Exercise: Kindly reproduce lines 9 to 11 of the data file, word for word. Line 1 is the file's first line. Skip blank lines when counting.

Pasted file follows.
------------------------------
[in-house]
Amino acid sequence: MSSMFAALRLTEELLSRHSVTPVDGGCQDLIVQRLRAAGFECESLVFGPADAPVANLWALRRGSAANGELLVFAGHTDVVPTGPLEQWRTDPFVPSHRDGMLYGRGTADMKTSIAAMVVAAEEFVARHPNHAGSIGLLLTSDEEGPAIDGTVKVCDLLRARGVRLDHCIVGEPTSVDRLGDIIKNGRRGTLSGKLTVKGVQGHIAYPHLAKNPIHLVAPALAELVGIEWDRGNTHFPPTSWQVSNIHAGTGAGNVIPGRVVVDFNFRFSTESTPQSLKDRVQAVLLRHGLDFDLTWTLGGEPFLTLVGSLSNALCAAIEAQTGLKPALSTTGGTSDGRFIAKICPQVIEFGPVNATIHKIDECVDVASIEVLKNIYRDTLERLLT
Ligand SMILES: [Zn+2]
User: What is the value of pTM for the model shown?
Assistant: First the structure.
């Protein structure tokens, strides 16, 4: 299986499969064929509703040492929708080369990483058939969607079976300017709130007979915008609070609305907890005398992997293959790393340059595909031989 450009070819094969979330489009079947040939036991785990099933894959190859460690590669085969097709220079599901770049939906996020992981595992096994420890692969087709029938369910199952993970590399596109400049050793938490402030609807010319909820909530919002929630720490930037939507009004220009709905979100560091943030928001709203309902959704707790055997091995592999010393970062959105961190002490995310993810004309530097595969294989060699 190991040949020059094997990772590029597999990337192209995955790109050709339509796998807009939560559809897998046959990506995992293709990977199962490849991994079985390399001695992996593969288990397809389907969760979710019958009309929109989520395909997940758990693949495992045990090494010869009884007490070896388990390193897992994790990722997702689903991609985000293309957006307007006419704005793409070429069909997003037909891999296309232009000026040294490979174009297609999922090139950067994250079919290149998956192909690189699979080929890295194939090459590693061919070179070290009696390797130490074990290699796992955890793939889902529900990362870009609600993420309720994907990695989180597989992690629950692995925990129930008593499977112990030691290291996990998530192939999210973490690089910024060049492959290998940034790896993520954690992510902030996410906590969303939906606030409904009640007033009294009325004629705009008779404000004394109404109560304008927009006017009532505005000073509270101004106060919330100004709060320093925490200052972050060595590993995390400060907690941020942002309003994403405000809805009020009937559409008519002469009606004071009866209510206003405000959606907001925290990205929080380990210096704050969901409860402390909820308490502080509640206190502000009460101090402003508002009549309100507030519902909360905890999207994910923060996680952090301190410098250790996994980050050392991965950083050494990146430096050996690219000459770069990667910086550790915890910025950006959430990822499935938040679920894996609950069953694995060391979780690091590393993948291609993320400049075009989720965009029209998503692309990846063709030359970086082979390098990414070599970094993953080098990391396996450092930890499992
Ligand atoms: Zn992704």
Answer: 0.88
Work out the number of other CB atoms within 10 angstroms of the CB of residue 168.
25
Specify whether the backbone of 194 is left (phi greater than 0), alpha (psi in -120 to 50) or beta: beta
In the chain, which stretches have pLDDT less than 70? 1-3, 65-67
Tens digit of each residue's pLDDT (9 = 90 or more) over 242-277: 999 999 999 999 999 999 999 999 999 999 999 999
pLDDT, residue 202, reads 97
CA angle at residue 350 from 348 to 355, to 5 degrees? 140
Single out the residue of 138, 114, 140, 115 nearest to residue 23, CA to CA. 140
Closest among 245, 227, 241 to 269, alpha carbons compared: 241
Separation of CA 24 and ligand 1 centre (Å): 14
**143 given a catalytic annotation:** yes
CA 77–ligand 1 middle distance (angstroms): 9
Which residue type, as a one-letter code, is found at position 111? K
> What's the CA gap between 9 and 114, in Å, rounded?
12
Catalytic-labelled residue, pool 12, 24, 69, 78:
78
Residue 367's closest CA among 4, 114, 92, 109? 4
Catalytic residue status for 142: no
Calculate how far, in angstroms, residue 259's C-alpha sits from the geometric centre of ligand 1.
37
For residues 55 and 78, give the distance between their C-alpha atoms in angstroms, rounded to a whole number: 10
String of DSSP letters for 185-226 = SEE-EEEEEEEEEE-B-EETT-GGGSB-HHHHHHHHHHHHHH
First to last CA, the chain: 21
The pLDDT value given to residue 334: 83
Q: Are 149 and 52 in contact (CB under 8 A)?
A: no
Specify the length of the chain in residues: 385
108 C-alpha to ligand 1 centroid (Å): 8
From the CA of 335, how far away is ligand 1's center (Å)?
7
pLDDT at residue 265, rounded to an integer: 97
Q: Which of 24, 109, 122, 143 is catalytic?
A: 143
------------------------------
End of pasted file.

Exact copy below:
Work out the number of other CB atoms within 10 angstroms of the CB of residue 168.
25
Specify whether the backbone of 194 is left (phi greater than 0), alpha (psi in -120 to 50) or beta: beta